As many employers gear up to return employees to the workplace, 62 per cent of Canadian small- and medium-sized businesses are making or plan to make COVID-19 vaccinations mandatory for their employees, finds a new poll by KPMG in Canada.
"Businesses are grappling with how to navigate the issue of mandatory vaccination and determine whether or not they are legally permitted to require their employees and, in some cases, their customers, to provide proof of vaccination," says Norm Keith, Partner, Employment and Labour Law, KPMG Law LLP, and a leading advisor in Canadian safety law. "Our poll found a wide consensus among employers that vaccination is the most effective way to protect workers and customers and key to avoiding a new wave of infections and lockdowns."
The KPMG poll also found that the vast majority of businesses support mandatory vaccinations and vaccine passports to avoid another lock down.
"With so many different approaches across the country, Canadian companies are seeking legal guidance and advice on vaccination policies for their workplaces," says Mr. Keith. "While some workplaces have taken steps to make proof of vaccination mandatory, others feel that unless mandated by government, it may be too onerous for them to make it a condition of continued employment. Overall, employers need to balance their health and safety legal duties with an employee's privacy interests and human rights law protections."
When implementing a mandatory proof of vaccination policy, a key legal consideration for employers is the actual safety risks in their workplace, particularly where there is close contact with co-workers or vulnerable people. As well, some workplaces are a higher safety risk, such as health care or long-term care for the elderly, education, childcare and emergency services.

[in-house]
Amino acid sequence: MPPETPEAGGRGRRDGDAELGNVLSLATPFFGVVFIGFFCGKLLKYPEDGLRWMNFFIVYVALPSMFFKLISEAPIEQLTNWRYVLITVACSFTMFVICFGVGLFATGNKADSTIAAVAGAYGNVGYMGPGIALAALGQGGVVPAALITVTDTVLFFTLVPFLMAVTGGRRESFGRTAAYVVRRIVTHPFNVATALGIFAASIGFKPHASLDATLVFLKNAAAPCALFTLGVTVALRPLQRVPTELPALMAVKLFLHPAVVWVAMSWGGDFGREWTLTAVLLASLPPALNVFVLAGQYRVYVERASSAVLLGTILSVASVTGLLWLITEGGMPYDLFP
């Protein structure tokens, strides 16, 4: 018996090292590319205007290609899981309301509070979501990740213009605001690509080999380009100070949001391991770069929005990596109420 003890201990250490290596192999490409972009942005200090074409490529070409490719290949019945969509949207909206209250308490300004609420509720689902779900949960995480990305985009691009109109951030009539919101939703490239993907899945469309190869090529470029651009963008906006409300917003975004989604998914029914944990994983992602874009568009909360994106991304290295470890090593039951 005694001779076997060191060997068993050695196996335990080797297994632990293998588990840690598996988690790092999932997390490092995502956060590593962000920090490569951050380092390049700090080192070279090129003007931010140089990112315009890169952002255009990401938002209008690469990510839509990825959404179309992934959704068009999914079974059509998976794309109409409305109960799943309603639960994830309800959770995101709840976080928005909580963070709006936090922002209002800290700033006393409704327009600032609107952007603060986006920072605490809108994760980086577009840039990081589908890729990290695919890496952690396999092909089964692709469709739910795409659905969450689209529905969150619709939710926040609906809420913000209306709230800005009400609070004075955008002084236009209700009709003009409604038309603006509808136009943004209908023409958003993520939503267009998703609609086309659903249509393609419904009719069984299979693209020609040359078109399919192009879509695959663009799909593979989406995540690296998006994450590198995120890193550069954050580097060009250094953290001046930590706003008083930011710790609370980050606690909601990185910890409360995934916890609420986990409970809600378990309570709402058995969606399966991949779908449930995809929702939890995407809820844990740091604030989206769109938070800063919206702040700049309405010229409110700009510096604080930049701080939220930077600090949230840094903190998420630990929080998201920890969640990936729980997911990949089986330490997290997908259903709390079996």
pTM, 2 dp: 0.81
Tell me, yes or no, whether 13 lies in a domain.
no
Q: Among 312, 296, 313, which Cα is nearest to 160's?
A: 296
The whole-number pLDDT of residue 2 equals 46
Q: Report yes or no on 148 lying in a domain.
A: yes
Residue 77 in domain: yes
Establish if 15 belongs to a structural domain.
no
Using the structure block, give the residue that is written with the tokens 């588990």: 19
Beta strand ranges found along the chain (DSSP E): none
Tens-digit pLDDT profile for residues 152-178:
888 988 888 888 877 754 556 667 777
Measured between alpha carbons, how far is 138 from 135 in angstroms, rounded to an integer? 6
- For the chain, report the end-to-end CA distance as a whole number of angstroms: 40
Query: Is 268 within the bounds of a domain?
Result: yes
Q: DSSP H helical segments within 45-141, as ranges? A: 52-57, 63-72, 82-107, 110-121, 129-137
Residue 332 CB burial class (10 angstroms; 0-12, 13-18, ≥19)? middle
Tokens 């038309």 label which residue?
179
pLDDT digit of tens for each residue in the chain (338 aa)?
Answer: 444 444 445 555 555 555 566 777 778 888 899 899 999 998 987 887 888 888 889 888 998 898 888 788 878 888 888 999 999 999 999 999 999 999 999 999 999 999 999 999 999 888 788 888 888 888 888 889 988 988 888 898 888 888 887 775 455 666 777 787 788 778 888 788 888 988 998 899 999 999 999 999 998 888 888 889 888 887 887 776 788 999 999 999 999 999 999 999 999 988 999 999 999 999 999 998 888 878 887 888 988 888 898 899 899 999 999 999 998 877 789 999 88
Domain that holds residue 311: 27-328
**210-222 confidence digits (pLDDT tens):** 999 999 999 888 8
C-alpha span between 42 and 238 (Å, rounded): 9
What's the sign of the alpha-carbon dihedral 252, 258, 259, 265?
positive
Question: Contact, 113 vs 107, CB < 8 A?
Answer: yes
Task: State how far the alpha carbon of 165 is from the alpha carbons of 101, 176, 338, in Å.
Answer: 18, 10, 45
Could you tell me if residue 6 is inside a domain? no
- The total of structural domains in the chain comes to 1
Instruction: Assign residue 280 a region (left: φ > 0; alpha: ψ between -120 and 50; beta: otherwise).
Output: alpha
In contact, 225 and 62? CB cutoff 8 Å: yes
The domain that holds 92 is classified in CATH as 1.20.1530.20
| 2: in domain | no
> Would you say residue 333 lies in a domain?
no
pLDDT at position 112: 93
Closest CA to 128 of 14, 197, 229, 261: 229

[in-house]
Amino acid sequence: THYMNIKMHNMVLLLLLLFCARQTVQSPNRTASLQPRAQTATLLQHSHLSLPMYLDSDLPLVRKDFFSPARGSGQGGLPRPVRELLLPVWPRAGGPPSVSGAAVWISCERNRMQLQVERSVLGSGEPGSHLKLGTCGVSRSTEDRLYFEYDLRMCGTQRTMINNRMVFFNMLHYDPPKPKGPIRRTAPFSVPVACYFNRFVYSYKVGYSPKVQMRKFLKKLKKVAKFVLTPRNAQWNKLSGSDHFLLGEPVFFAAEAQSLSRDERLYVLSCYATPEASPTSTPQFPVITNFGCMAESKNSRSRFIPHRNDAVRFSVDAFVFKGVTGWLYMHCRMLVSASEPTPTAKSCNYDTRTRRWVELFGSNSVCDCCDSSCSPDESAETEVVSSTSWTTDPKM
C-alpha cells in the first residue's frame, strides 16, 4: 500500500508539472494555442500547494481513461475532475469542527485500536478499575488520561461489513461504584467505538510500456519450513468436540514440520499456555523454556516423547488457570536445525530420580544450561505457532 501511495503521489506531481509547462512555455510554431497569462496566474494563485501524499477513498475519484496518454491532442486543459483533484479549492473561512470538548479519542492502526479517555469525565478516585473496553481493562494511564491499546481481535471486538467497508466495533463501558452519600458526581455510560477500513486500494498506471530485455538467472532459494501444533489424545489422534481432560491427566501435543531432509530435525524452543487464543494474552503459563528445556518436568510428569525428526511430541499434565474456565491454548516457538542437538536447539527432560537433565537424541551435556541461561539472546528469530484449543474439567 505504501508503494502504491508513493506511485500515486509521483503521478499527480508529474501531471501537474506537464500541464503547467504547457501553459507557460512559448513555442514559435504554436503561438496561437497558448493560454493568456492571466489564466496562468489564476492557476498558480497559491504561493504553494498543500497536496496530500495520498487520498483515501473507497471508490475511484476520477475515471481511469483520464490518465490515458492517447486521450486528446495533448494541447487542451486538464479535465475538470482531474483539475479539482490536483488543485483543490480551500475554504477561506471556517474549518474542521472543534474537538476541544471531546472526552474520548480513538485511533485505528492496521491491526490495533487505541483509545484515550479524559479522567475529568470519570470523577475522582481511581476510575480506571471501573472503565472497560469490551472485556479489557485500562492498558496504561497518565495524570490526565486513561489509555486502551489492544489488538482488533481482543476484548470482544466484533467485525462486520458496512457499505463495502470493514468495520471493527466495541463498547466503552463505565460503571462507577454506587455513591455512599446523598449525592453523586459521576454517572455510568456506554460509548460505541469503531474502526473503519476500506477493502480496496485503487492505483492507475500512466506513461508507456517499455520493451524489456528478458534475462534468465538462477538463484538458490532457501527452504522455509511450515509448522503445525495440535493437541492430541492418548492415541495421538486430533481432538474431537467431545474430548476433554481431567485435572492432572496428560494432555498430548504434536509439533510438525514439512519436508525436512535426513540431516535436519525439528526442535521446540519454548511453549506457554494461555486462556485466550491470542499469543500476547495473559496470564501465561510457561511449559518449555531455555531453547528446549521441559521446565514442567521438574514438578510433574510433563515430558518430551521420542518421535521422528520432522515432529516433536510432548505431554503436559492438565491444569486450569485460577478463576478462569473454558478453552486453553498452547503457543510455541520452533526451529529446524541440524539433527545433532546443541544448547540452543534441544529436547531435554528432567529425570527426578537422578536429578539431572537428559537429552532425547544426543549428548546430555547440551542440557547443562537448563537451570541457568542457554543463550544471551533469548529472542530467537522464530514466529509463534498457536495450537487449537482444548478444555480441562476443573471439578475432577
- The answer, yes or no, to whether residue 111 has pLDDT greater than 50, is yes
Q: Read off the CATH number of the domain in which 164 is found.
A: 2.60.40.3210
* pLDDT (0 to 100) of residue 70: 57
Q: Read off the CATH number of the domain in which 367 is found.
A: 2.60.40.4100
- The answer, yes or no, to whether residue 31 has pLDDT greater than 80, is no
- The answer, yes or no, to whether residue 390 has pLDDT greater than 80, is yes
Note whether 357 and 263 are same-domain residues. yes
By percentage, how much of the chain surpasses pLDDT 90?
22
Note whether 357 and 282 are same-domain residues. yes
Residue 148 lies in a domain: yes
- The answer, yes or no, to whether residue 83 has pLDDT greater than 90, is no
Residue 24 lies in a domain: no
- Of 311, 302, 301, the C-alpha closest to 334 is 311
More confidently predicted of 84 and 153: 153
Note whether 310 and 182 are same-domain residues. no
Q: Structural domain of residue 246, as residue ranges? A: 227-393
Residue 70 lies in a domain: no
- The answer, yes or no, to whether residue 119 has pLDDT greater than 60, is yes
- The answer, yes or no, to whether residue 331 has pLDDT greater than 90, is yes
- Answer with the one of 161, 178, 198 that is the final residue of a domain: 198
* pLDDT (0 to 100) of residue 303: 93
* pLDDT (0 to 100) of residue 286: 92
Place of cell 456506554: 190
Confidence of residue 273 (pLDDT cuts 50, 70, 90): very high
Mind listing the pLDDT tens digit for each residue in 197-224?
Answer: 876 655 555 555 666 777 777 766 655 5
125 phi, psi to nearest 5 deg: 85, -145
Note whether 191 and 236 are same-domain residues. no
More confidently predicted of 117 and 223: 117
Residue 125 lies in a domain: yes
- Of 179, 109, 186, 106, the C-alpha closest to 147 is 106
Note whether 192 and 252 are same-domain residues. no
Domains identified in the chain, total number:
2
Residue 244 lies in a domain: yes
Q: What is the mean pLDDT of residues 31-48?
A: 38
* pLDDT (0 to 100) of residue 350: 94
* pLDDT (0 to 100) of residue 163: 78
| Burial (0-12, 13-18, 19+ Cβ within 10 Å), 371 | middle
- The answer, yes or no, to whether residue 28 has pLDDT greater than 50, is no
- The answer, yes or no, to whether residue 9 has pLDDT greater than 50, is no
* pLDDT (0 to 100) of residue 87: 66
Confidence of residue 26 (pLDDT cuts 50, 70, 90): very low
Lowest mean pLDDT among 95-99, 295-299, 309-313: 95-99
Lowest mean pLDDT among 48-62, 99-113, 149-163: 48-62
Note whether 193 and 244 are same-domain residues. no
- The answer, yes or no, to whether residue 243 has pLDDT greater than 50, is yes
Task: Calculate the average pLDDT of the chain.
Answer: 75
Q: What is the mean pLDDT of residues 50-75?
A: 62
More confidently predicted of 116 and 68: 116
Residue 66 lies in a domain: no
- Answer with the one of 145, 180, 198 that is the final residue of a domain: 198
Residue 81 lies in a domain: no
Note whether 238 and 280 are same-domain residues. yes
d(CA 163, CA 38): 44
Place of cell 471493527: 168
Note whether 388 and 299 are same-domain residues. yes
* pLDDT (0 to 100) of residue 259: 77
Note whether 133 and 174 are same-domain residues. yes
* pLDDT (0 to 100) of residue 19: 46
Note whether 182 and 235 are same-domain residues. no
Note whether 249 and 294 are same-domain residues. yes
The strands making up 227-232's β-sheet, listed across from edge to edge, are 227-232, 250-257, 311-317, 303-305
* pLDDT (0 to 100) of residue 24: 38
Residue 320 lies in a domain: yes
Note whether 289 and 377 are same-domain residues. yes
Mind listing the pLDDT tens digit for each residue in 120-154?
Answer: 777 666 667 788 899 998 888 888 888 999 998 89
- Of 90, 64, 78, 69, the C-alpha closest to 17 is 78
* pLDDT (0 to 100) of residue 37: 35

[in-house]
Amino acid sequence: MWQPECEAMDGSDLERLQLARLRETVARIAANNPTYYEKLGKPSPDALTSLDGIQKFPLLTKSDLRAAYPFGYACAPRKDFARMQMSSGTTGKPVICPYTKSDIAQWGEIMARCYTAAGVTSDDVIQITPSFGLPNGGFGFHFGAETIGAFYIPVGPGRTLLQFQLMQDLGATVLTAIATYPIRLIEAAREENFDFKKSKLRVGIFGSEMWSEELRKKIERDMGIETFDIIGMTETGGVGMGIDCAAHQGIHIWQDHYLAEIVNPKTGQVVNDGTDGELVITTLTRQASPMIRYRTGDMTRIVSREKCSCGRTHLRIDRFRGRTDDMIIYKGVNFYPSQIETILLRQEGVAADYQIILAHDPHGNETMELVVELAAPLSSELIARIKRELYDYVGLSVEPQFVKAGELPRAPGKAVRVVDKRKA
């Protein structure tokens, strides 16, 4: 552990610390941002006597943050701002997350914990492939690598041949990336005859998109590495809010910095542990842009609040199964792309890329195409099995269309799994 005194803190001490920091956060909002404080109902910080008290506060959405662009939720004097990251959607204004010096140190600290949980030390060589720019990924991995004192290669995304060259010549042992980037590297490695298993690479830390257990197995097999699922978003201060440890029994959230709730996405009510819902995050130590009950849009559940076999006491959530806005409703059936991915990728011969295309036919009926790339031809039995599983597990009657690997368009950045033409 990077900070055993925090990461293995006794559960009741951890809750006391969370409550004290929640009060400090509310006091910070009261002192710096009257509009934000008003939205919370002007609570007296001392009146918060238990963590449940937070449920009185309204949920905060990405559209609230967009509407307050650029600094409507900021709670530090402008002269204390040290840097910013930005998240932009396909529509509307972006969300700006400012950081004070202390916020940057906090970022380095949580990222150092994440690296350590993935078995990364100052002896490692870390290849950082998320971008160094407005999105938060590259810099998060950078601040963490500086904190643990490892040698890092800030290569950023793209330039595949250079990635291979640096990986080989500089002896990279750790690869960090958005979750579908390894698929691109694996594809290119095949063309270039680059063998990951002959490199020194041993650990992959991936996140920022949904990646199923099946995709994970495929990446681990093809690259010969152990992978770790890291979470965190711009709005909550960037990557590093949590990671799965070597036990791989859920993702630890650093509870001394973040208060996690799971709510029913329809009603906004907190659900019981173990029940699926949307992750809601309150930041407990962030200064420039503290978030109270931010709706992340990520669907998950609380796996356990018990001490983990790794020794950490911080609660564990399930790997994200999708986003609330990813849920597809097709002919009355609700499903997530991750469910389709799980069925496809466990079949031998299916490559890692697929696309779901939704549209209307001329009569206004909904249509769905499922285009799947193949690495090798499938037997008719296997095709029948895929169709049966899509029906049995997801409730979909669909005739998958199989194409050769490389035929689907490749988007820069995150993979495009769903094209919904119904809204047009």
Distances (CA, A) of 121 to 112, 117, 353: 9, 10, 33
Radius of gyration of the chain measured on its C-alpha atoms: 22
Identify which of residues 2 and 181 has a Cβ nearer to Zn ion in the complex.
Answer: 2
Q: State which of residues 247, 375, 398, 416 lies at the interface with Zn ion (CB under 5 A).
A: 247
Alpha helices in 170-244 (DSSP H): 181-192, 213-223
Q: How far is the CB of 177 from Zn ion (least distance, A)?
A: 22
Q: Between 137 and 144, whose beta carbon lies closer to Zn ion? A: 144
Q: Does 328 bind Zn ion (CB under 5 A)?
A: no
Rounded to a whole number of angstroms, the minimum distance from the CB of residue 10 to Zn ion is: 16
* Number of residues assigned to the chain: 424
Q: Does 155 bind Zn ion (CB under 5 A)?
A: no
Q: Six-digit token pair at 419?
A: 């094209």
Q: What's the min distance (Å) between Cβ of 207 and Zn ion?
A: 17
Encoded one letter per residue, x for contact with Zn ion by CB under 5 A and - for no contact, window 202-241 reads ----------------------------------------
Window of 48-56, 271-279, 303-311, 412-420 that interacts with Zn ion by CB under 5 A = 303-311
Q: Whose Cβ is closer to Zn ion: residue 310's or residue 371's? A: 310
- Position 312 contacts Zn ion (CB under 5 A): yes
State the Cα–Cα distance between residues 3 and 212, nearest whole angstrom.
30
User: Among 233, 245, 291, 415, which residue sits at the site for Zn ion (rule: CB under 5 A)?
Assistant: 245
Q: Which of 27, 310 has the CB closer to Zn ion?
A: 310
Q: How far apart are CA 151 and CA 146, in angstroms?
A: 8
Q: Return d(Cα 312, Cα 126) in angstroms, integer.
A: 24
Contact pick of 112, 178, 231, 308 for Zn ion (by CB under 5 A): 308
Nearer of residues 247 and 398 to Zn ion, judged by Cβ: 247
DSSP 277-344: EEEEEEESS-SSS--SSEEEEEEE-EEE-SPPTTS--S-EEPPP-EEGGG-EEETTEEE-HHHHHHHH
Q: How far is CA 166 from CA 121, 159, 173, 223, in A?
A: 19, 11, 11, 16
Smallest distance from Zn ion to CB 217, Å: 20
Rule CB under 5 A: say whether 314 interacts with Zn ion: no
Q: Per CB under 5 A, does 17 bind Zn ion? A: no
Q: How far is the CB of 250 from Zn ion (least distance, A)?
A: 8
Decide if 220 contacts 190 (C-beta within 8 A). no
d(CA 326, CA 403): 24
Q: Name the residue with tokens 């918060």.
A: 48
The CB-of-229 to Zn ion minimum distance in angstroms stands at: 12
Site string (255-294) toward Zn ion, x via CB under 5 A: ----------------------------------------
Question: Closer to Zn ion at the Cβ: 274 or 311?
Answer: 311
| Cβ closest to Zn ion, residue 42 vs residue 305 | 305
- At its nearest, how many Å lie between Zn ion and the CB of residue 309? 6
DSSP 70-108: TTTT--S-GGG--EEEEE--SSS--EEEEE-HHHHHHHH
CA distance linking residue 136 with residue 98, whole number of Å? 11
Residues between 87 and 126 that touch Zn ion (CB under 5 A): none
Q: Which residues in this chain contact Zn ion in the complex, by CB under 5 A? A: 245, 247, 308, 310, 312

As Mr. Keith points out, a challenging situation may arise when an existing employee is unwilling to vaccinate or provide proof of their vaccination status. Employers have legal duties and responsibilities and, depending on their specific circumstances, need to exercise reasonableness to avoid constructive dismissal claims. Here are some key considerations for employers:
"In general, we recommend that employers receive legal advice when putting in place any COVID-19 safety measures to reduce a wide range of risks. This includes implementation of a vaccination policy that clearly communicates employer commitments and expectations for employee safety."
KPMG polled 505 Canadian small- and medium-sized owners and decision-makers between August 6 and August 15. The online survey of business owners and decision-makers were all drawn from Delvinia's premier online research panel, Asking Canadians, through the Methodify platform.
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